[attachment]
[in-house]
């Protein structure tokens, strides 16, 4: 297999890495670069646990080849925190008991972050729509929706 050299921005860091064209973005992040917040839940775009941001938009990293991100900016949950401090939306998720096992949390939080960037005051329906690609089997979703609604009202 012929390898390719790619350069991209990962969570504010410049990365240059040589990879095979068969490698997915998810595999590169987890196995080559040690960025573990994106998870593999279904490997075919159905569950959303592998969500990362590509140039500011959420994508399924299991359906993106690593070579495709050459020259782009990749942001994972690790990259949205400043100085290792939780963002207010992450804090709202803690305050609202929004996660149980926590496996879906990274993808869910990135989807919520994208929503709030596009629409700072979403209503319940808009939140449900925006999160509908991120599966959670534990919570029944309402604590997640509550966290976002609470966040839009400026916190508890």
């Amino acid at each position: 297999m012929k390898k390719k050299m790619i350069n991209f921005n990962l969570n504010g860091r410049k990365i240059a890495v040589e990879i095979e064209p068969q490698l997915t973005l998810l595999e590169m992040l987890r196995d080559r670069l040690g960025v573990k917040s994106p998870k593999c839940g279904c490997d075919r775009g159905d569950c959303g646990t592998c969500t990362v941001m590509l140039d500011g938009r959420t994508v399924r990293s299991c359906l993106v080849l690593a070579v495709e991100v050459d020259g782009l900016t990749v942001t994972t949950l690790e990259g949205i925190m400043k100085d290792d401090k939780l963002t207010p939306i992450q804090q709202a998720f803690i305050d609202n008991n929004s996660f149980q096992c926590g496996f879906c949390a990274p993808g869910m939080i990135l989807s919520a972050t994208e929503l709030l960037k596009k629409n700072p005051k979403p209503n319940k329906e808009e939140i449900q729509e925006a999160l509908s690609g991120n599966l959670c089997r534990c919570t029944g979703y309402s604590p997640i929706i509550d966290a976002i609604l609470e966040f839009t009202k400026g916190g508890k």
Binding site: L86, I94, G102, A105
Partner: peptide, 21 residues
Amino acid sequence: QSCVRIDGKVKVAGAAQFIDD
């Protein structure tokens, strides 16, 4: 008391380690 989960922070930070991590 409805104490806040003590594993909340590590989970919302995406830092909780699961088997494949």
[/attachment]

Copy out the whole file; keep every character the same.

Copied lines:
[in-house]
């Protein structure tokens, strides 16, 4: 297999890495670069646990080849925190008991972050729509929706 050299921005860091064209973005992040917040839940775009941001938009990293991100900016949950401090939306998720096992949390939080960037005051329906690609089997979703609604009202 012929390898390719790619350069991209990962969570504010410049990365240059040589990879095979068969490698997915998810595999590169987890196995080559040690960025573990994106998870593999279904490997075919159905569950959303592998969500990362590509140039500011959420994508399924299991359906993106690593070579495709050459020259782009990749942001994972690790990259949205400043100085290792939780963002207010992450804090709202803690305050609202929004996660149980926590496996879906990274993808869910990135989807919520994208929503709030596009629409700072979403209503319940808009939140449900925006999160509908991120599966959670534990919570029944309402604590997640509550966290976002609470966040839009400026916190508890």
């Amino acid at each position: 297999m012929k390898k390719k050299m790619i350069n991209f921005n990962l969570n504010g860091r410049k990365i240059a890495v040589e990879i095979e064209p068969q490698l997915t973005l998810l595999e590169m992040l987890r196995d080559r670069l040690g960025v573990k917040s994106p998870k593999c839940g279904c490997d075919r775009g159905d569950c959303g646990t592998c969500t990362v941001m590509l140039d500011g938009r959420t994508v399924r990293s299991c359906l993106v080849l690593a070579v495709e991100v050459d020259g782009l900016t990749v942001t994972t949950l690790e990259g949205i925190m400043k100085d290792d401090k939780l963002t207010p939306i992450q804090q709202a998720f803690i305050d609202n008991n929004s996660f149980q096992c926590g496996f879906c949390a990274p993808g869910m939080i990135l989807s919520a972050t994208e929503l709030l960037k596009k629409n700072p005051k979403p209503n319940k329906e808009e939140i449900q729509e925006a999160l509908s690609g991120n599966l959670c089997r534990c919570t029944g979703y309402s604590p997640i929706i509550d966290a976002i609604l609470e966040f839009t009202k400026g916190g508890k």
Binding site: L86, I94, G102, A105
Partner: peptide, 21 residues
Amino acid sequence: QSCVRIDGKVKVAGAAQFIDD
């Protein structure tokens, strides 16, 4: 008391380690 989960922070930070991590 409805104490806040003590594993909340590590989970919302995406830092909780699961088997494949």